When you hire new salespeople, who will their role models be? Do you point them to the veterans who are responsible for more revenue than anyone else? No, because they are usually not very good examples of what a new salesperson should do. They may have the biggest or best accounts or territories, but are they out there looking for new business every day? Probably not. Do you introduce them to the people who are struggling? No, that too sets a bad example. What about you? Well if you're doing your job well, you're spending most of your time managing and developing your people, not selling. So who do you point them to?There must (as in essential, not probably) be a salesperson who is out there doing all of the right things every day, looking for new business, building the pipeline, closing new accounts, and building his/your business. He may not lead the team in revenue but he will someday. This is the person around which you build a sales team. The others, keep them busy and keep your new salespeople away from them! Many good, new salespeople quit before they can become successful because of the environment, because management allows mediocrity, because they allow uncommitted and unsuccessful salespeople to hang around. Good salespeople want to perform on a team where they are surrounded by other good salespeople who will push them and pull them. Team momentum. That's the ticket.Do you know which of your salespeople can be the ones around which to build a team? Are you recruiting strong salespeople? OMG can help you on both counts.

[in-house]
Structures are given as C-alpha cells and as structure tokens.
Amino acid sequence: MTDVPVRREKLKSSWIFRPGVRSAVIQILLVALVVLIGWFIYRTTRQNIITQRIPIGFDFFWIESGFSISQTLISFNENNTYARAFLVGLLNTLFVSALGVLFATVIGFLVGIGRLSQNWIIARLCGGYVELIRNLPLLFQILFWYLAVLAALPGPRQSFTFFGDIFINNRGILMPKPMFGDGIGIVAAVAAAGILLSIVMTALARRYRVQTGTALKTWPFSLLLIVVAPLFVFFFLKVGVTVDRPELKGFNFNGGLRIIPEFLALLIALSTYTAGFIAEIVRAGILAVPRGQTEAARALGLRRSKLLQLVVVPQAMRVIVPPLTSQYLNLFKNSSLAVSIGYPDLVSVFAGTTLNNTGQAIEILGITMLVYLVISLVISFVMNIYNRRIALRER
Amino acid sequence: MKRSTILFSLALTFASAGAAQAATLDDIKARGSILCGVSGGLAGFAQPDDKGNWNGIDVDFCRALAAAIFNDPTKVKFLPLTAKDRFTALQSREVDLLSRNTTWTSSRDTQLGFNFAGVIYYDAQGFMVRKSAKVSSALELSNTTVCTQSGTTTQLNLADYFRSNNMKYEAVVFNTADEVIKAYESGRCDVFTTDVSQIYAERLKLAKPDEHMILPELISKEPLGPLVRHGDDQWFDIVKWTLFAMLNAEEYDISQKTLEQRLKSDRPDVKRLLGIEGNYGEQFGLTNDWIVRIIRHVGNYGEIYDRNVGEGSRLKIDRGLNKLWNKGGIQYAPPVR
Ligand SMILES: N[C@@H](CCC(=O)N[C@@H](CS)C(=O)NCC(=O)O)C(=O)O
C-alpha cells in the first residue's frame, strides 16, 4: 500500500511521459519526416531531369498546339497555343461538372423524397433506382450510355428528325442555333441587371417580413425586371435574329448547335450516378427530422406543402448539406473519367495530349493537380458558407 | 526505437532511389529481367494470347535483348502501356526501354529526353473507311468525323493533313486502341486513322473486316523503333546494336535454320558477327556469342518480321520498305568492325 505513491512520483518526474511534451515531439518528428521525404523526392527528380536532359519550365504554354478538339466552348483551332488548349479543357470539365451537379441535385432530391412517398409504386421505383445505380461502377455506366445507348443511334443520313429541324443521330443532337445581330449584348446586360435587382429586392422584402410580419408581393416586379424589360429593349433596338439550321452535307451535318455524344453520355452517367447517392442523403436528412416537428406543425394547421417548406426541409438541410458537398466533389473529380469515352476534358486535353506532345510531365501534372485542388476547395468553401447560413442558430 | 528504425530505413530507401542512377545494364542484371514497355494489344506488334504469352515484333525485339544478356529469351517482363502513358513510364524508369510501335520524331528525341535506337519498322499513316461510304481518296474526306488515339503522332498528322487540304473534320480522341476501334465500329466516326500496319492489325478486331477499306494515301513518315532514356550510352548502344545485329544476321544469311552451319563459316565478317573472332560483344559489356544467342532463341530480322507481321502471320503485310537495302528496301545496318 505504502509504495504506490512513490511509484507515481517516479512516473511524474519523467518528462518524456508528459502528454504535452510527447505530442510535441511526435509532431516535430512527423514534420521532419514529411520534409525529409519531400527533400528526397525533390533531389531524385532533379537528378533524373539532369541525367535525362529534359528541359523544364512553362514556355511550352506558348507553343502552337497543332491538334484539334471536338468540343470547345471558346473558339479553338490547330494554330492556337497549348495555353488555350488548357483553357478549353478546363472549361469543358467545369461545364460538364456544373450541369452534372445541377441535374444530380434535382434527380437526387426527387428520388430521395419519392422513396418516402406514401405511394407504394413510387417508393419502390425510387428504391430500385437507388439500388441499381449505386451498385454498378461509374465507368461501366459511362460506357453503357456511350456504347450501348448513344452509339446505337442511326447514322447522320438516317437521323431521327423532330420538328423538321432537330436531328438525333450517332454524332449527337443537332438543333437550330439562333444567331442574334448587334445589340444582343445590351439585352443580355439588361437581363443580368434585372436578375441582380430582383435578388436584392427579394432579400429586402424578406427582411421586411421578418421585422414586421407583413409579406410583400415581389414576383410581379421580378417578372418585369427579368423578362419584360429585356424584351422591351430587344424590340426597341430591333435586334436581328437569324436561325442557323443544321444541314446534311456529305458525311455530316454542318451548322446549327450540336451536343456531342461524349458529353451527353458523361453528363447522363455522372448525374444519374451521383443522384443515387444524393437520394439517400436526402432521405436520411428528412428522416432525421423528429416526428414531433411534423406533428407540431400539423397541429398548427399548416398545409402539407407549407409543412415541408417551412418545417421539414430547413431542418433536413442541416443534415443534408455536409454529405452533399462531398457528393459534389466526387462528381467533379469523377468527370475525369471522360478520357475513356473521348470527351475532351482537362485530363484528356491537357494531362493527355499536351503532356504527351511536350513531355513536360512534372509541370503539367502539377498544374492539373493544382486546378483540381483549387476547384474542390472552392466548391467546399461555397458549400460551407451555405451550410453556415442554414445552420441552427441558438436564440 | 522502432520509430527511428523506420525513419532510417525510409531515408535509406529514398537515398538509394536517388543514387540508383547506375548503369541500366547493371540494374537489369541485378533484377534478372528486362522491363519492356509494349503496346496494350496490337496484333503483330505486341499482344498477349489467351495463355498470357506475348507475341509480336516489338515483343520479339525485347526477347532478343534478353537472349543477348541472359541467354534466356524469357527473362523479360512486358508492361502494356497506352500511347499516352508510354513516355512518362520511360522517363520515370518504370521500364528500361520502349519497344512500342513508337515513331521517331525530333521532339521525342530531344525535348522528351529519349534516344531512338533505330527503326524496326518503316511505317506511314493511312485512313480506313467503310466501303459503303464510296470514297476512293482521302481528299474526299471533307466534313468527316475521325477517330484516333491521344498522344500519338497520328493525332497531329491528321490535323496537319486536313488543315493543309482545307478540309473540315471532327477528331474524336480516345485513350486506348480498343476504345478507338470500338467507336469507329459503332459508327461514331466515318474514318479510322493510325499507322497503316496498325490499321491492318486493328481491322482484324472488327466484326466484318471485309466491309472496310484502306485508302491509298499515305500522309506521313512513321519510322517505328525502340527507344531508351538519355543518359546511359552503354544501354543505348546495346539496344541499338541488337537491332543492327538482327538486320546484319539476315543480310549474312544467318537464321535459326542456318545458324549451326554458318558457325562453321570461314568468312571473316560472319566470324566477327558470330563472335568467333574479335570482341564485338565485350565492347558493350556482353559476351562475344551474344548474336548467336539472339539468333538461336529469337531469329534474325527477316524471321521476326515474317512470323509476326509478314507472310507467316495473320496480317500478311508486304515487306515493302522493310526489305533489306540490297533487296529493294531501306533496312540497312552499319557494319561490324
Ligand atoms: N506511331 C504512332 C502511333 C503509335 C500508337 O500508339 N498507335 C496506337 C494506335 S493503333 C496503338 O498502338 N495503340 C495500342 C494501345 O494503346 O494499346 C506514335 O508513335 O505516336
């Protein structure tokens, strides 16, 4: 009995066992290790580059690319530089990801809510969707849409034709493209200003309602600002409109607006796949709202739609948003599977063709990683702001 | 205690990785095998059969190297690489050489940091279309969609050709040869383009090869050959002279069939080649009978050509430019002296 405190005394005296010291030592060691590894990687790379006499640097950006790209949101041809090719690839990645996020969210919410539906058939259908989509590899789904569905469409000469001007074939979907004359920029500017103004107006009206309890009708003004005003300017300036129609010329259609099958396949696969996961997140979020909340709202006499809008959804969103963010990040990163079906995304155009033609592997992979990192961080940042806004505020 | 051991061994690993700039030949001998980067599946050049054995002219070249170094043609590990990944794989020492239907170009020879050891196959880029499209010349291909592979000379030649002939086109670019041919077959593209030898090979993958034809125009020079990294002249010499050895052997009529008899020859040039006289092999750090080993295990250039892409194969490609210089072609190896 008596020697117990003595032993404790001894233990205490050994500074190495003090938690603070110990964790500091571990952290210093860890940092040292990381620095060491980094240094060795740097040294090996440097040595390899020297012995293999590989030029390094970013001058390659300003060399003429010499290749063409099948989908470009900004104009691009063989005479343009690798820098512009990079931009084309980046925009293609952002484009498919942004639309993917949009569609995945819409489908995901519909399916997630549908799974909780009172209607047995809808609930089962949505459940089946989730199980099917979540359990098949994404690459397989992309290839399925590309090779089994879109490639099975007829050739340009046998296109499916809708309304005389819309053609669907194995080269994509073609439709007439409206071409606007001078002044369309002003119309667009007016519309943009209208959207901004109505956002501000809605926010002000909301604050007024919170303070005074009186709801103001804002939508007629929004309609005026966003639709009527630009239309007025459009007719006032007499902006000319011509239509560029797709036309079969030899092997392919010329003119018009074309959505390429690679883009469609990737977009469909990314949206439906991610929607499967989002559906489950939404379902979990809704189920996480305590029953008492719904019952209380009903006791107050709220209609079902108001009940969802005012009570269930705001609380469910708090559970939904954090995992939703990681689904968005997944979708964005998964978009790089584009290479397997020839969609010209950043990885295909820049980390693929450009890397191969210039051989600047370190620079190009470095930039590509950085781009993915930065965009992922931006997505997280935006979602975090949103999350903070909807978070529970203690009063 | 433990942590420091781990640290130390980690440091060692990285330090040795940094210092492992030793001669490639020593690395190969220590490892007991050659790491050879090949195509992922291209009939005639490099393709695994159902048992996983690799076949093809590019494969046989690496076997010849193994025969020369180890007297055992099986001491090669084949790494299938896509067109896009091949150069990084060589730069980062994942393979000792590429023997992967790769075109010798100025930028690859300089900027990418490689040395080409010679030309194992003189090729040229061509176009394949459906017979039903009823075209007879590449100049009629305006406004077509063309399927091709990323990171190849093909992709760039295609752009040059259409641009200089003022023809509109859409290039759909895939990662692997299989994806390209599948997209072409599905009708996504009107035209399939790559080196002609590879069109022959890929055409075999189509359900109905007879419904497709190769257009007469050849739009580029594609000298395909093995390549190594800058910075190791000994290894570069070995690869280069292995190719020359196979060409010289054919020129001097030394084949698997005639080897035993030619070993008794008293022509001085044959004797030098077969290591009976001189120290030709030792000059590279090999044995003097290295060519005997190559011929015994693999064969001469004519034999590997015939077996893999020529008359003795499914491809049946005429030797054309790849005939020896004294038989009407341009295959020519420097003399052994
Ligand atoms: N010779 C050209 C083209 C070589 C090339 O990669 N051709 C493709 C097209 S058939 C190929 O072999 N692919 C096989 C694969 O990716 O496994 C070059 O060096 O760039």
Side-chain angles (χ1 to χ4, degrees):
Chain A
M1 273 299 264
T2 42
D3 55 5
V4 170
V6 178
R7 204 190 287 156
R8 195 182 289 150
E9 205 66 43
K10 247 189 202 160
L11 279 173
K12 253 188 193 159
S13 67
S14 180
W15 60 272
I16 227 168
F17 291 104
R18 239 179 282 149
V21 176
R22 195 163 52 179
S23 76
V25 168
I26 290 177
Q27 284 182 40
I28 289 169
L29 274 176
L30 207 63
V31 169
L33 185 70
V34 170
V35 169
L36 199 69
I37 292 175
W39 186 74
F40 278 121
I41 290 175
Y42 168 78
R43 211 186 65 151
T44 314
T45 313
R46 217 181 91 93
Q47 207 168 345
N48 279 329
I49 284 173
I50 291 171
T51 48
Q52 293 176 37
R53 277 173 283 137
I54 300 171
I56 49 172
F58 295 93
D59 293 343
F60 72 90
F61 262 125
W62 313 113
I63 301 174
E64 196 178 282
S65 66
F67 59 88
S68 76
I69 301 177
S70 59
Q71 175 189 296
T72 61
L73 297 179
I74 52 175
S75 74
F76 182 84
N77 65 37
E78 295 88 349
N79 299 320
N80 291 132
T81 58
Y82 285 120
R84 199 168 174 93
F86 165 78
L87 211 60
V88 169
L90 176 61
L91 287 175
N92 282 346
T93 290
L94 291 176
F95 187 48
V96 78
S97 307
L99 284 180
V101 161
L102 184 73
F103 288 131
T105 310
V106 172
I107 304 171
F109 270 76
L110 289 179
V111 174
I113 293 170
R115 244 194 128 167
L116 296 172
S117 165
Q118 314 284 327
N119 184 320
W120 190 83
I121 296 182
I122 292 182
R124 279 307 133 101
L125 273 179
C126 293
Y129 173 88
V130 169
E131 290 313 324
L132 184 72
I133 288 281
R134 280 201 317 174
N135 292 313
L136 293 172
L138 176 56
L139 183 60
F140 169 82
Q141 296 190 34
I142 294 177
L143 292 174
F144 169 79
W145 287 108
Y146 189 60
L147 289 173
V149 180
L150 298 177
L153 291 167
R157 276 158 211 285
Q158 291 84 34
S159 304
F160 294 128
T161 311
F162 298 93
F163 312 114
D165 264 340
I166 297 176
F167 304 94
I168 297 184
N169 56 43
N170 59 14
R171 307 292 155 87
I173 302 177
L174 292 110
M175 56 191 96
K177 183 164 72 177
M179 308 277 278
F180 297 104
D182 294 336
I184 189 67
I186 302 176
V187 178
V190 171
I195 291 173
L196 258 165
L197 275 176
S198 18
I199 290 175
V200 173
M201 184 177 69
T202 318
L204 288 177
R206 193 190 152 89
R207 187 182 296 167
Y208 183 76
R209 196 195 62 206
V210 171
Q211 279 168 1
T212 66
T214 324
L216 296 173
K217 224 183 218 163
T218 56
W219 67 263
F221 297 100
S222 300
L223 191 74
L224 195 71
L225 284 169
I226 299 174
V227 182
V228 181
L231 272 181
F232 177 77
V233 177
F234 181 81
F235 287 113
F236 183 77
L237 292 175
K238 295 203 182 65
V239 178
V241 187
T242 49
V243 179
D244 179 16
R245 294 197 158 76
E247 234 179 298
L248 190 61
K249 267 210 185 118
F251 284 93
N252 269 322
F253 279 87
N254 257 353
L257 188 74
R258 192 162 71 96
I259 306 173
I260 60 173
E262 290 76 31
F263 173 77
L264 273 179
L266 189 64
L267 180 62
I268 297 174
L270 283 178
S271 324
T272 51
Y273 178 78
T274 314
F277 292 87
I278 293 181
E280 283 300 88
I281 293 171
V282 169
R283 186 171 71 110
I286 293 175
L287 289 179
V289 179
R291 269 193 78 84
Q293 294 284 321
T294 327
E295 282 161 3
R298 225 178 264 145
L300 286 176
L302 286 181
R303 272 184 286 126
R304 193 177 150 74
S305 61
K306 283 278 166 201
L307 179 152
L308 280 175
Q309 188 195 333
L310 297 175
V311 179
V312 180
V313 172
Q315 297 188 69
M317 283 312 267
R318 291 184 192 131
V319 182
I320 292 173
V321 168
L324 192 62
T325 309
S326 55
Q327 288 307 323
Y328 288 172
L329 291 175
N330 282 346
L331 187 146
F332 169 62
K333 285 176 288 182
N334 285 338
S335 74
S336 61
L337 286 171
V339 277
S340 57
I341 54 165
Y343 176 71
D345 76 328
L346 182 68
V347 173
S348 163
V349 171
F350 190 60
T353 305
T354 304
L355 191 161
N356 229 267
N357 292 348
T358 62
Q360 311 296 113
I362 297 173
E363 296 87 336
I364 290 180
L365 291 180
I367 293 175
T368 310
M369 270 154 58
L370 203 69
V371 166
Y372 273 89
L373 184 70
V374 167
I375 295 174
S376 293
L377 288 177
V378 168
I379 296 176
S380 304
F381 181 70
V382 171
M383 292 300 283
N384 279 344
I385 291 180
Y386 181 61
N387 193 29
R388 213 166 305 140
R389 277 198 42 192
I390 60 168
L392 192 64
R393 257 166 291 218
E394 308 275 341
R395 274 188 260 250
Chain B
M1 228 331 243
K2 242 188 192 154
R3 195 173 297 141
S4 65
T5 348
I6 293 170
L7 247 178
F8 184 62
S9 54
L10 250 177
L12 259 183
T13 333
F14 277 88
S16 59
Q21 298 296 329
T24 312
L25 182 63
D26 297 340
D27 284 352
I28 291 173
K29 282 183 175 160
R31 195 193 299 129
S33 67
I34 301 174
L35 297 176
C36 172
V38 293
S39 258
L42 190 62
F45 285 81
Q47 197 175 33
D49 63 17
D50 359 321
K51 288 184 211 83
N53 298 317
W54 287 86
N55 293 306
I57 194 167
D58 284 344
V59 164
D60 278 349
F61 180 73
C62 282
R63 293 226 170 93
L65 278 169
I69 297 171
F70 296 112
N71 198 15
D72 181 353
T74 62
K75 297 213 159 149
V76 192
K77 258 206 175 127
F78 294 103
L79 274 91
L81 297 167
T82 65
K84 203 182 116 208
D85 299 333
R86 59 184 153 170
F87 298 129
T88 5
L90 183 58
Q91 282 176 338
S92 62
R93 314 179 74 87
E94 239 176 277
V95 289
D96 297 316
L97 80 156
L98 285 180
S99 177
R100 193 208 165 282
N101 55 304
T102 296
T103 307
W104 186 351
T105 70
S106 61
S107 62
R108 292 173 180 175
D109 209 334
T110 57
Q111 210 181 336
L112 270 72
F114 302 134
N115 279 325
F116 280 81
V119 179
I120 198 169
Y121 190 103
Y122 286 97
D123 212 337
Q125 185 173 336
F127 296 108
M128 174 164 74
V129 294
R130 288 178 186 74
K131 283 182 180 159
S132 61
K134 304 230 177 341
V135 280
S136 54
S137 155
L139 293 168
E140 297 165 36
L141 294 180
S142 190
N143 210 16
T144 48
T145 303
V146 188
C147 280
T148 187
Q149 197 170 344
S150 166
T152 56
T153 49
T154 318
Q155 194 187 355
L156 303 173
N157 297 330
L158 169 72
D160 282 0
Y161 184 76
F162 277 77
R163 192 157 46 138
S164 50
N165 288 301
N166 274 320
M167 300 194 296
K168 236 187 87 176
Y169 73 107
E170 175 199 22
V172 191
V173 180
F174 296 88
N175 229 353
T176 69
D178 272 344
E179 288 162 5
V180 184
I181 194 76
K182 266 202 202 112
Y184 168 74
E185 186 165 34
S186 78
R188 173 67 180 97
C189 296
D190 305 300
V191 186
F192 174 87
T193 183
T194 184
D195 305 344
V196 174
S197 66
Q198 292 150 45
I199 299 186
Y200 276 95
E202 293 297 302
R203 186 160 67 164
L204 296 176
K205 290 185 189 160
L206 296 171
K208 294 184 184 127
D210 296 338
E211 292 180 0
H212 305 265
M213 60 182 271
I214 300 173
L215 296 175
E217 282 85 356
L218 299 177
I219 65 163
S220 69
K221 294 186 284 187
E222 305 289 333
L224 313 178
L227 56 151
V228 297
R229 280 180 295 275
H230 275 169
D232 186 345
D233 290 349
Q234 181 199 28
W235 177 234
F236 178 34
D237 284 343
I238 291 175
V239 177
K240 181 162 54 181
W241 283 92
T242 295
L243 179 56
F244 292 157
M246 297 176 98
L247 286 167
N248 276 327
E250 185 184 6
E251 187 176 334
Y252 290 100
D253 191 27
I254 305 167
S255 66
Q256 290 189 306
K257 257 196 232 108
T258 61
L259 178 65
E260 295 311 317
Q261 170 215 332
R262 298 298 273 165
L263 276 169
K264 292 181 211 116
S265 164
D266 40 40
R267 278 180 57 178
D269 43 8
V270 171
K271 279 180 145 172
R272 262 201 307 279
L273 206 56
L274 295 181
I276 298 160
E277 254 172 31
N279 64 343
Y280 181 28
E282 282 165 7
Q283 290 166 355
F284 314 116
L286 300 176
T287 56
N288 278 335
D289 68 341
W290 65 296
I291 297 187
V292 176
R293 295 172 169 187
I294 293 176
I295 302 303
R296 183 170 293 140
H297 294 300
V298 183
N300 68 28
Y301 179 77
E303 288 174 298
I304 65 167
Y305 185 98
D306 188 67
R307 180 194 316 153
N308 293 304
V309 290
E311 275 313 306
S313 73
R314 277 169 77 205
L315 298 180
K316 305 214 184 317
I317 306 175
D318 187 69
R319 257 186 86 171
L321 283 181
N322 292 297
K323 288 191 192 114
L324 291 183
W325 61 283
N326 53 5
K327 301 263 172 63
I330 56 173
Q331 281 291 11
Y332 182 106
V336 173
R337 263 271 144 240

As the developer of the first sales specific assessment in 1989, I have assessed more than 265,000 salespeople and evaluated thousands of sales forces. I'll be sharing case histories, thoughts, experiences and comments from the incredible world of sales force evaluations and salesperson selection. I'll attempt to share what I know about why salespeople fail to perform and why managers fail to consistently hire top sales talent.